UK: Queen Elizabeth’s Second Island Completed at Scotstoun Yard

Queen Elizabeth’s Second Island Completed At Scotstoun Yard (UK)

This is the second island of the Navy’s next-generation aircraft carrier emerging from the shed where it was built for the first time.

From this 753-tonne structure, flight deck operations on HMS Queen Elizabeth will be directed: this is Flyco – Flying Control, effectively the carrier’s equivalent of an airport control tower.

Workers at BAE’s Scotstoun yard on the north bank of the Clyde have completed the iconic structure; it’s now being prepared for its journey from Glasgow’s great artery to the rest of the ship, which stands more than two-thirds complete at Rosyth.

The forward island was installed in April after a journey from Portsmouth. It houses the ship’s bridge and 100 or so other compartments.

The aft island is slightly heavier and larger: 52m (170ft) long, 14m (46ft) wide and 31m (101ft 6in) high.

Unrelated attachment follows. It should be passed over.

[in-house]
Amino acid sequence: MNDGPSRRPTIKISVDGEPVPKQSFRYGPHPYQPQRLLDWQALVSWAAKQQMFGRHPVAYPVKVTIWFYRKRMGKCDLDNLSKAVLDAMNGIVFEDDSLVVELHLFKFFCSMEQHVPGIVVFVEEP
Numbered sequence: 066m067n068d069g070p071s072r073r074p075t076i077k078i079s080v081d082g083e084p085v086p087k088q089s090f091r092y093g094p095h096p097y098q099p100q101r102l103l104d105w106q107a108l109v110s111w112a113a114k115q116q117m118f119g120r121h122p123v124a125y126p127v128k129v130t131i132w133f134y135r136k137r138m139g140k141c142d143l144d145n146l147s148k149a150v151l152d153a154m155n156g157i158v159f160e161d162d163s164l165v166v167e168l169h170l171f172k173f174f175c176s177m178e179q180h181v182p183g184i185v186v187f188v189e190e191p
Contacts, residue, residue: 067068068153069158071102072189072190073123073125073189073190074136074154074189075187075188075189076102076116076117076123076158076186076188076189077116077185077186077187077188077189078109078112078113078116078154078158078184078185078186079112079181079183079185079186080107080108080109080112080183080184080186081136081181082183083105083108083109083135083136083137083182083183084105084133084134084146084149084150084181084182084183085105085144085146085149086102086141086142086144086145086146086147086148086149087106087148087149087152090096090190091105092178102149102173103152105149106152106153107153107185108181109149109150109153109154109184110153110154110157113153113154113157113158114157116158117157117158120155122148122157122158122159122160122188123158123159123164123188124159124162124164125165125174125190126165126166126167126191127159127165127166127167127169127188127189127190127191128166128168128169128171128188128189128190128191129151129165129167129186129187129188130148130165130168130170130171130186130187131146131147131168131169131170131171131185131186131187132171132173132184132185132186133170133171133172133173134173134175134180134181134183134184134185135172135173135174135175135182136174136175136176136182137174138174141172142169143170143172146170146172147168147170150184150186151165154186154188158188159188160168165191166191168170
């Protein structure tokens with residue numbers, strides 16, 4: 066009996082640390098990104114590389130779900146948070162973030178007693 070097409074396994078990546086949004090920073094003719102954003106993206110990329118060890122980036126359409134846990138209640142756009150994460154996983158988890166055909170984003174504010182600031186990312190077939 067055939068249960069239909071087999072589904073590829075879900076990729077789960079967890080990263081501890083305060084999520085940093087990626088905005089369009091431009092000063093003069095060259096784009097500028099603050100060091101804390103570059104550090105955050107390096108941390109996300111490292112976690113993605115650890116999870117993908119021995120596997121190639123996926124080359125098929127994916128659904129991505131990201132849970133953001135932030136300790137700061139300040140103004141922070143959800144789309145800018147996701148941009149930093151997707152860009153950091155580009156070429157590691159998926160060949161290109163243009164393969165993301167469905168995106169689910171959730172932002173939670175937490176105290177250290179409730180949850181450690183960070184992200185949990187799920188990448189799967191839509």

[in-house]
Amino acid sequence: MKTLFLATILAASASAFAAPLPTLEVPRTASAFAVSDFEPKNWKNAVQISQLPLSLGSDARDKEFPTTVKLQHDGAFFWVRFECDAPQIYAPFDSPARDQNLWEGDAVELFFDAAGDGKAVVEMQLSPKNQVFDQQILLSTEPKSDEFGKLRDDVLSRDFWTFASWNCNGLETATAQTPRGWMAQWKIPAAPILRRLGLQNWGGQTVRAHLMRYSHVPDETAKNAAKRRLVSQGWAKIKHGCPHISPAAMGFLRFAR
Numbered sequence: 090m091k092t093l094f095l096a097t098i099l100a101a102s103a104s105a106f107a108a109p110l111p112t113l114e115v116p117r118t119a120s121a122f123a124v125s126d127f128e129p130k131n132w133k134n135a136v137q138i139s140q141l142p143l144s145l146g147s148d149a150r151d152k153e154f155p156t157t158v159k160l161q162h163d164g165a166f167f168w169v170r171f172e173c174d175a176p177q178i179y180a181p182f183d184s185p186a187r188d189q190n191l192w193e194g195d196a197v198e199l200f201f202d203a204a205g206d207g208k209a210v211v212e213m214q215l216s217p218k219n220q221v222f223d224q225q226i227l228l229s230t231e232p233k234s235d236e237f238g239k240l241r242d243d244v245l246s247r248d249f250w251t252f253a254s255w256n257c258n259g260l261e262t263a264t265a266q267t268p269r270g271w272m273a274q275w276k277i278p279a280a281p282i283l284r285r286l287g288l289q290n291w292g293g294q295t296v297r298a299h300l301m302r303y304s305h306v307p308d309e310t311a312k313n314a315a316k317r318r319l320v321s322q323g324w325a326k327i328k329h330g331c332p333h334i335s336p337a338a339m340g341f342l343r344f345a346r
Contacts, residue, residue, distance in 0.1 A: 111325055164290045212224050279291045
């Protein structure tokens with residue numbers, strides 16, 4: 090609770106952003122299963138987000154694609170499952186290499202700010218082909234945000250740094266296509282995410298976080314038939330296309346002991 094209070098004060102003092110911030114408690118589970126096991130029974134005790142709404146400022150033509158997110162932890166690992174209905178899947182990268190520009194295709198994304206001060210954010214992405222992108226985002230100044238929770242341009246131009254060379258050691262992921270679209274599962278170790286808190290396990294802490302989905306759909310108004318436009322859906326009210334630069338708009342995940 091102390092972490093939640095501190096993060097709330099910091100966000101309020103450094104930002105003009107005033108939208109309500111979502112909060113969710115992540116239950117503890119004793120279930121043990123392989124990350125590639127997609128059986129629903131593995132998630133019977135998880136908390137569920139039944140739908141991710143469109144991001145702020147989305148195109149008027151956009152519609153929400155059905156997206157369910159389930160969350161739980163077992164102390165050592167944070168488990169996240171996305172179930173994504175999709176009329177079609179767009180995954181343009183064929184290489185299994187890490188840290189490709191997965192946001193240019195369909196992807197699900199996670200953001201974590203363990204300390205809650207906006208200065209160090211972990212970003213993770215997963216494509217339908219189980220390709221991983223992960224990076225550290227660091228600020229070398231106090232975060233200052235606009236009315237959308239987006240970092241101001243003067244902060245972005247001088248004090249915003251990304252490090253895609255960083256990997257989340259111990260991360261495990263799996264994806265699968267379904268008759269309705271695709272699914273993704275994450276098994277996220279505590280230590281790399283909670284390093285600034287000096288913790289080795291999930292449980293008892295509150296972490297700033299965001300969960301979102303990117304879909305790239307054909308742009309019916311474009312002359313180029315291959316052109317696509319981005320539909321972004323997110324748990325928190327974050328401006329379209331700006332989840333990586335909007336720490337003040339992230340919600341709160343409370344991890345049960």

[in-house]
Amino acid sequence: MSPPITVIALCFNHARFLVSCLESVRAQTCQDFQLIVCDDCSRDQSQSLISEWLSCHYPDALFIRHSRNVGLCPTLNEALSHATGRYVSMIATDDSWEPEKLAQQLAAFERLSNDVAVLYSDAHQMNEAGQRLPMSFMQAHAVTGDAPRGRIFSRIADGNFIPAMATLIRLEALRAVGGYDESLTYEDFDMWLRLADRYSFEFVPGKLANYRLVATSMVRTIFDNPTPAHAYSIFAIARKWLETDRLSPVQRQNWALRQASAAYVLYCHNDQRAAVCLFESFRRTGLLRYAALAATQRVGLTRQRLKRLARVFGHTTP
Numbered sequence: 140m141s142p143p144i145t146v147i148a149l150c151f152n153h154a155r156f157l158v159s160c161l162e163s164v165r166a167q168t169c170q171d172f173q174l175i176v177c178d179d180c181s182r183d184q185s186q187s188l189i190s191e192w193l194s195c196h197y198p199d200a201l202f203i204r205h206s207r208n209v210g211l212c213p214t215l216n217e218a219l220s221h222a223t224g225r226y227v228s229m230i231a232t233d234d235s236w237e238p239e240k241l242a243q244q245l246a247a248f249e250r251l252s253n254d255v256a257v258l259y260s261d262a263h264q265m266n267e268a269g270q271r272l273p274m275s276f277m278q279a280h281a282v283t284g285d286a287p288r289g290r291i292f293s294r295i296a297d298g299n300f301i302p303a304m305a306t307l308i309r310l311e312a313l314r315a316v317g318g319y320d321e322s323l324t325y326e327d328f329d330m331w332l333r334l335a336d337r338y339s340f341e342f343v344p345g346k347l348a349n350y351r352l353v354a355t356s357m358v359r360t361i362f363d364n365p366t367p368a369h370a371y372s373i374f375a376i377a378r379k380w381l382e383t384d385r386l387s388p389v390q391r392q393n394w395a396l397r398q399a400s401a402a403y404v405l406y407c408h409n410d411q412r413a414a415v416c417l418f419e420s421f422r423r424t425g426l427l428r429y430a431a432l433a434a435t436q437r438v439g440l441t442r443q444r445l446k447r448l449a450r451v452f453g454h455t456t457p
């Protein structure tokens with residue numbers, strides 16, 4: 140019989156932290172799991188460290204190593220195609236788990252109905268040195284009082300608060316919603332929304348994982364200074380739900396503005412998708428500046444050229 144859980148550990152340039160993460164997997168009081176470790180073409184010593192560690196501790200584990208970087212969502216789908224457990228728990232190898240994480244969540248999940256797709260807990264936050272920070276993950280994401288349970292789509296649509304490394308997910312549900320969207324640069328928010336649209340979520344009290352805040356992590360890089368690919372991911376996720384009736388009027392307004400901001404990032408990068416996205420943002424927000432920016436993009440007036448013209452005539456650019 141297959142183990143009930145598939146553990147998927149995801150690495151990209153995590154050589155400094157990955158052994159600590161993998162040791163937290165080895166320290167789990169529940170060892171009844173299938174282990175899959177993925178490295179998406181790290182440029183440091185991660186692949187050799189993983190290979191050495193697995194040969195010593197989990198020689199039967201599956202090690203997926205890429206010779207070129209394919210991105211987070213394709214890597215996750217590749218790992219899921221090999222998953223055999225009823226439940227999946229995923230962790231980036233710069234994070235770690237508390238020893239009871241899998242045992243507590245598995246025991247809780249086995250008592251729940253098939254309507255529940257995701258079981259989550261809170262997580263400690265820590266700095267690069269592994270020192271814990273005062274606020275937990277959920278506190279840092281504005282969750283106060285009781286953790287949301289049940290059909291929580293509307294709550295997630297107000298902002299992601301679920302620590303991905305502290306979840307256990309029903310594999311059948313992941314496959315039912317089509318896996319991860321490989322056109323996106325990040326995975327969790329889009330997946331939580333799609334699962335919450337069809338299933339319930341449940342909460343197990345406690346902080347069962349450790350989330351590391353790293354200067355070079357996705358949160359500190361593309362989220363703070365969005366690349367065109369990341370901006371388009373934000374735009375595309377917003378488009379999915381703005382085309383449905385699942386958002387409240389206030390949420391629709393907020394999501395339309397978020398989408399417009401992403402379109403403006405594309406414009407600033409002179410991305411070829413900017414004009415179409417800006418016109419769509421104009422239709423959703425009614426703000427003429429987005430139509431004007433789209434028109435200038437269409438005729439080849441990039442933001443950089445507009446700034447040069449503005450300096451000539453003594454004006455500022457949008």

Inside are some 110 compartments, 1,000 pipes and 44km (27 miles – or just longer than a marathon) of cabling.

The section is due to be moved around Scotland by barge in mid-June and then fixed into place on the flight deck at the end of the month.

That’s not quite Queen Elizabeth complete outwardly. Still to be added are her ski ramp to launch her F35 jump jets and a few final sponsons to finish the flight deck.

In a few weeks’ time, the team from the Aircraft Carrier Alliance will begin to give the carrier her battleship grey appearance; right now she’s a mish-mash of colours, with the flight deck a very un-RN-like crimson.

Although the islands are painted grey, they’ve yet to have the final coat of paint applied. Indeed, the only part of the ship which is in the final livery are the window frames on the forward island – and that’s because the panes had to be installed.

In all, Queen Elizabeth requires 1½ million square metres (over 16 million square feet) of paintwork… which is slightly larger than Hyde Park.

Press Release, May 13, 2013